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In the movie “Mr. Holmes,” there is a scene with the now aged Holmes, his housekeeper Mrs. Munro, and her young son, Roger, where all are swept up in a conversation that becomes heated.
At one point, Roger makes a couple of nasty comments about his mother, which cause her to leave the room in embarrassment. At Holmes’ direction, Roger goes and apologizes to his mother by saying, “I shouldn’t have said what I said.” His mother replies, “Lesson there then. Don’t say everything you think.”
Don’t say everything you think. These are wise words that can be difficult to follow. From direct communication or emails to texts or online posts and social media, the desire to comment or respond to another person’s words or action – that we view as being wrong, unjust, or incredibly stupid – is strong. Yet doing so may not be the most prudent thing to do. Ramifications can include not only embarrassment or the destruction of relationships, but also missed opportunities or being fired from your job.
I am as guilty as anyone for not thinking before I speak (or type). However, I have been trying to be more mindful of what I say or write BEFORE I do so, which gives what I DO say – if I choose to say anything at all – more strength. And what has helped me be more mindful are a series of questions whose originator is unknown (some say Socrates; others say Buddha).
These four questions should make you think before you speak and are especially useful to answer prior to making a negative or snarky remark, either in person or online.
Question 1) Is it true?
No matter how strongly you feel about something, your truth may not be true for someone else. Remember that your truth does not necessarily equal fact. Oftentimes, what we perceive to be a fact is actually just our opinion or the opinion of someone else who may have a hidden agenda.
Additionally, oftentimes there are reasons why another says or does something of which you are unaware, and even though you may BELIEVE that person is in error, when you make a snap judgement followed by a quick retort, you speak without all the facts. Therefore, you may be in error.
Question 2) Is it kind?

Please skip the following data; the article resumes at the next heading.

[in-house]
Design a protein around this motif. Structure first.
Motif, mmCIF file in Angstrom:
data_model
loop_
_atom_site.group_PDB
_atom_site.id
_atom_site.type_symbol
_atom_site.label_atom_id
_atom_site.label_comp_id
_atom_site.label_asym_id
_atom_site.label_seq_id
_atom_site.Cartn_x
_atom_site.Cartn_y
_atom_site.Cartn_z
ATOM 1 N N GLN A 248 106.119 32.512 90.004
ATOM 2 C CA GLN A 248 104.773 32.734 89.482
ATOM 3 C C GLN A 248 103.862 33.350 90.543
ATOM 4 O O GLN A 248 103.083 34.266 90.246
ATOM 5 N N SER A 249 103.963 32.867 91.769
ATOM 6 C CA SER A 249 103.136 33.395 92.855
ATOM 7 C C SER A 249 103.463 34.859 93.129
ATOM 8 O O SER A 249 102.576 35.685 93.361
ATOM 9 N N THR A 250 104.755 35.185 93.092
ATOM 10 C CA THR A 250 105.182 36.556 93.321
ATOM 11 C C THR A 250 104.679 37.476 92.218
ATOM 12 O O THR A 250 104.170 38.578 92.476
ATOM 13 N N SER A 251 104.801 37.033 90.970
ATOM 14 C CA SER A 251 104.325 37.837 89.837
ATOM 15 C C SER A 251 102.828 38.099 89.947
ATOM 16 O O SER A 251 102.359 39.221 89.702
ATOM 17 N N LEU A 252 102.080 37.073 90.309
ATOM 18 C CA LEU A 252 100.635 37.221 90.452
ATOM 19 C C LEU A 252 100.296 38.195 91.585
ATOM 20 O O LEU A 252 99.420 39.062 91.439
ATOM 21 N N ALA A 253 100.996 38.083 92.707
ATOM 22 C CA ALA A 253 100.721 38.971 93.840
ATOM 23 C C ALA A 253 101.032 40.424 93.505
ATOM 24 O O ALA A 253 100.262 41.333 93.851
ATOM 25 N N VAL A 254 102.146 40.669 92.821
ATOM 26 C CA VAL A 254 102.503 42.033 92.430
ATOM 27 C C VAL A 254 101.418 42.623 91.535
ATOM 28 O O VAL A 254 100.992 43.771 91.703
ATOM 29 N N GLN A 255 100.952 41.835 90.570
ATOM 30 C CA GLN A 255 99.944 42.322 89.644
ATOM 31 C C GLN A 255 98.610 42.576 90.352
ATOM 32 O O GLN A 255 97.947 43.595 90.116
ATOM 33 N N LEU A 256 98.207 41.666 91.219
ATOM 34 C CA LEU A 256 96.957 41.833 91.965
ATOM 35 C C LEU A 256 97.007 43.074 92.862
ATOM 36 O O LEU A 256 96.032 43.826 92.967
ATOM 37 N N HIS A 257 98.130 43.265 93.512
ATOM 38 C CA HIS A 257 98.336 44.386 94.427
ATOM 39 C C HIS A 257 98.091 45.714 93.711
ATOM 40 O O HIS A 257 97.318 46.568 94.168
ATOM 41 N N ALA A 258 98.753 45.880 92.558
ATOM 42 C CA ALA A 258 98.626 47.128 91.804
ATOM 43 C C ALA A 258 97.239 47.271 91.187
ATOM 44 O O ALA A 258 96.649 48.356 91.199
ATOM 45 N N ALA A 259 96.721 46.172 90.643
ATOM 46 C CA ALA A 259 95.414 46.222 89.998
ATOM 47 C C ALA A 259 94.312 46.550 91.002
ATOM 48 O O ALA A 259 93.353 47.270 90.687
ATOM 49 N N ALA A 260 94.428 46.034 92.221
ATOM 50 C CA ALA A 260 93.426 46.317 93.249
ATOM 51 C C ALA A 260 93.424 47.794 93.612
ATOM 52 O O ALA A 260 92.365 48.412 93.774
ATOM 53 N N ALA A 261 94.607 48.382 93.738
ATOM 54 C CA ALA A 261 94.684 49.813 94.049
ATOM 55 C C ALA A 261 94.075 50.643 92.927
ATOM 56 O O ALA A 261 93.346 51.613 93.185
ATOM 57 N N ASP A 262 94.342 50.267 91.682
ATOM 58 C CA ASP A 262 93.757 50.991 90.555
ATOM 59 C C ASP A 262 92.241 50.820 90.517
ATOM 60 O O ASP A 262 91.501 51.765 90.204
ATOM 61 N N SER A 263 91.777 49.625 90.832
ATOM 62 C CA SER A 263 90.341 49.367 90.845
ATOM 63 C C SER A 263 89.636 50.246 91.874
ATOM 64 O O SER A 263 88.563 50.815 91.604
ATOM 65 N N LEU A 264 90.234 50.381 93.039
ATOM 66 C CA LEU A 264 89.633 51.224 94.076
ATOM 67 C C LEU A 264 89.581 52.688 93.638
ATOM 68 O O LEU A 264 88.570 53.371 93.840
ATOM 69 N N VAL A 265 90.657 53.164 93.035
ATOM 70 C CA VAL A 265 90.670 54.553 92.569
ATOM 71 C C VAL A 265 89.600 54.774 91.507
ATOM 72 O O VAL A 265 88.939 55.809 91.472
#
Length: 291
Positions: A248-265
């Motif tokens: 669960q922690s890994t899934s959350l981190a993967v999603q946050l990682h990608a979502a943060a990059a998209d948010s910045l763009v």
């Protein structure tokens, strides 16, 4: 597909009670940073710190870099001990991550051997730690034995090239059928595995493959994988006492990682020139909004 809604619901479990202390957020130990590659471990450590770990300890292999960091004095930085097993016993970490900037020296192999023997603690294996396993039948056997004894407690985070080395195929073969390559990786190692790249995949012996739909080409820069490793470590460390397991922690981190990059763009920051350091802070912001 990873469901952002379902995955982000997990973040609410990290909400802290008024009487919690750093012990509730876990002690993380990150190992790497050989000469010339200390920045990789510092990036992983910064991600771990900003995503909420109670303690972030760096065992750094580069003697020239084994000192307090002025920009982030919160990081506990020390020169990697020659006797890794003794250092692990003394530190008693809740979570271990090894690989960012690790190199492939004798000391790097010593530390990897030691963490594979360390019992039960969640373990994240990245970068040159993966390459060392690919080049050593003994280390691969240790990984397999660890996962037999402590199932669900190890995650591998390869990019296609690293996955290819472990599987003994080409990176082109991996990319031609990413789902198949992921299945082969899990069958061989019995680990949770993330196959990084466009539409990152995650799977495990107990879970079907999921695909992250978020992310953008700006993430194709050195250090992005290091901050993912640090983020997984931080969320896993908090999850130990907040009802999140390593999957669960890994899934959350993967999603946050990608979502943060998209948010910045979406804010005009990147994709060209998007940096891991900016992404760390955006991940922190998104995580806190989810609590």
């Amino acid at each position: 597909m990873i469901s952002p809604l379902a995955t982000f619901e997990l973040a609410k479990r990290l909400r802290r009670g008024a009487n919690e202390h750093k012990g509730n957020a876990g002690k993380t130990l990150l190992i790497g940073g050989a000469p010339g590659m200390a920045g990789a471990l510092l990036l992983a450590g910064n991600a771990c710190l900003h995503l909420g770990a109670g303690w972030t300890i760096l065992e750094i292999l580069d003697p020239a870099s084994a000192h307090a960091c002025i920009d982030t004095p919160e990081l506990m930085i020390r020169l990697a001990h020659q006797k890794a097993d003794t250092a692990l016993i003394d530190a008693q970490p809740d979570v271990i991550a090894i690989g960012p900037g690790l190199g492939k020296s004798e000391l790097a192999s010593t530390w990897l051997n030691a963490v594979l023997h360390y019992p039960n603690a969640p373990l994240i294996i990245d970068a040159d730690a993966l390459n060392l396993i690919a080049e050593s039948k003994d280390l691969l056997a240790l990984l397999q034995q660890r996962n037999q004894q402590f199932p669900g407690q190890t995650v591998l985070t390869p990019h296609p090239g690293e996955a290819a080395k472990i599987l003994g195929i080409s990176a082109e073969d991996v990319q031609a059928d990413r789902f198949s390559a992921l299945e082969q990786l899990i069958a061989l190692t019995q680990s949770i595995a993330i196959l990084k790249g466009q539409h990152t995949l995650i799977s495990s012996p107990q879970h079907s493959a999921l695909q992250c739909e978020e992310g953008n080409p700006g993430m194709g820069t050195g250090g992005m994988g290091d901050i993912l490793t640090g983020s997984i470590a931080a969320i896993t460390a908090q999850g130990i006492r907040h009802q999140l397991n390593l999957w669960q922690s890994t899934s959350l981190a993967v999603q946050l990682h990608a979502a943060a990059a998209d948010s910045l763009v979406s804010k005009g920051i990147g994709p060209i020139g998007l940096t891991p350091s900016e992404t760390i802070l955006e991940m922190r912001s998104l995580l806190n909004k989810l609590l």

When someone makes a cutting remark to you or about you, I’m sure that you find it’s not pleasant. Therefore, doing the same to another person elicits the same feeling in them. Even a sarcastic remark, while possibly humorous to some, leaves its mark on its victim. In fact, one of the original definitions of the word sarcasm includes “to tear flesh.” Is there amusement in the tearing of flesh?
Rare is the caustic remark that can pass question two. However, should you be able to circumvent (or overlook) this question, then move to…
Question 3) Is it necessary?
On a larger scale, when a change is necessary, collective voices can play a key role; however, any change is always impeded when those voices are primarily mean and biting.
On a more personal note, while there may be times when you feel you must speak, doing so in an insensitive way seldom changes another’s opinion, action or beliefs. It may make you momentarily feel better or superior, but whom does that serve?
In short, the “is it necessary” question is about asking yourself whether what you say will improve a situation … or result in the reverse.
This last question was not part of the original recipe, yet it holds tremendous weight.
Question 4) Does it improve the silence?
Even in the heat of an argument, there is ALWAYS a moment of space, before you speak. There is ALWAYS a moment of space, before you hit the “enter” or “send” button. That moment – that tiny fraction of a second – is filled with silence. You may choose to override that moment, but still, it’s there.
A callous or caustic comment never improves upon any silence. To be silent shows control and wisdom. As Charles de Gaulle once said, “Silence is the ultimate weapon of power.”
I know that by asking myself these questions before I decide to respond to someone or comment online, that I say less – which can be really tough to do when you see something on social media or the news with which you disagree. However, like Roger in the movie, I know that it’s not pleasant saying to myself (or to someone else), “I shouldn’t have said what I said.” And although I’m not perfect, it has taken me decades to understand that I don’t need to say everything I think.
Copyright: You can reprint or repost this to your own blog or website but you must include the following: ©2016 Bob Garner. Used by Permission. Originally posted on Bobgarneronline.com